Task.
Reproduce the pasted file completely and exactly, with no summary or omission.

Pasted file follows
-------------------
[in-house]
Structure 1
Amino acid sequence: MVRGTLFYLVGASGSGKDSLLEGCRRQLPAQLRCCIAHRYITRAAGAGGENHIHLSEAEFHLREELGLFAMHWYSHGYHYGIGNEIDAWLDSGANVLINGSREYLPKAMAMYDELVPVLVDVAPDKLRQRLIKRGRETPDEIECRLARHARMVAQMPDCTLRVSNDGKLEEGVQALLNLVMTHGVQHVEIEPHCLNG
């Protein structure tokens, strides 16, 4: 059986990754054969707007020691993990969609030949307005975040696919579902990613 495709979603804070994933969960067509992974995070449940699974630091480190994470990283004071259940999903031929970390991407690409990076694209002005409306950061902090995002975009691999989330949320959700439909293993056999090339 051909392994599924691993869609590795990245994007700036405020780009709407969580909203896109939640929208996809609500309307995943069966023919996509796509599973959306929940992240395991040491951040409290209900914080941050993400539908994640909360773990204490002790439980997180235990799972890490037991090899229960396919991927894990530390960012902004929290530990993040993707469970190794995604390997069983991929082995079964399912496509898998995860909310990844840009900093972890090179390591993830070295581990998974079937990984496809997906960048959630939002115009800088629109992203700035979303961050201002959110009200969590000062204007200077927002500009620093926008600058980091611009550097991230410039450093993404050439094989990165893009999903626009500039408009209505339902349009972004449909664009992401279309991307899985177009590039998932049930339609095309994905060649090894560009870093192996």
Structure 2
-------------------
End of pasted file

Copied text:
[in-house]
Structure 1
Amino acid sequence: MVRGTLFYLVGASGSGKDSLLEGCRRQLPAQLRCCIAHRYITRAAGAGGENHIHLSEAEFHLREELGLFAMHWYSHGYHYGIGNEIDAWLDSGANVLINGSREYLPKAMAMYDELVPVLVDVAPDKLRQRLIKRGRETPDEIECRLARHARMVAQMPDCTLRVSNDGKLEEGVQALLNLVMTHGVQHVEIEPHCLNG
């Protein structure tokens, strides 16, 4: 059986990754054969707007020691993990969609030949307005975040696919579902990613 495709979603804070994933969960067509992974995070449940699974630091480190994470990283004071259940999903031929970390991407690409990076694209002005409306950061902090995002975009691999989330949320959700439909293993056999090339 051909392994599924691993869609590795990245994007700036405020780009709407969580909203896109939640929208996809609500309307995943069966023919996509796509599973959306929940992240395991040491951040409290209900914080941050993400539908994640909360773990204490002790439980997180235990799972890490037991090899229960396919991927894990530390960012902004929290530990993040993707469970190794995604390997069983991929082995079964399912496509898998995860909310990844840009900093972890090179390591993830070295581990998974079937990984496809997906960048959630939002115009800088629109992203700035979303961050201002959110009200969590000062204007200077927002500009620093926008600058980091611009550097991230410039450093993404050439094989990165893009999903626009500039408009209505339902349009972004449909664009992401279309991307899985177009590039998932049930339609095309994905060649090894560009870093192996």
Structure 2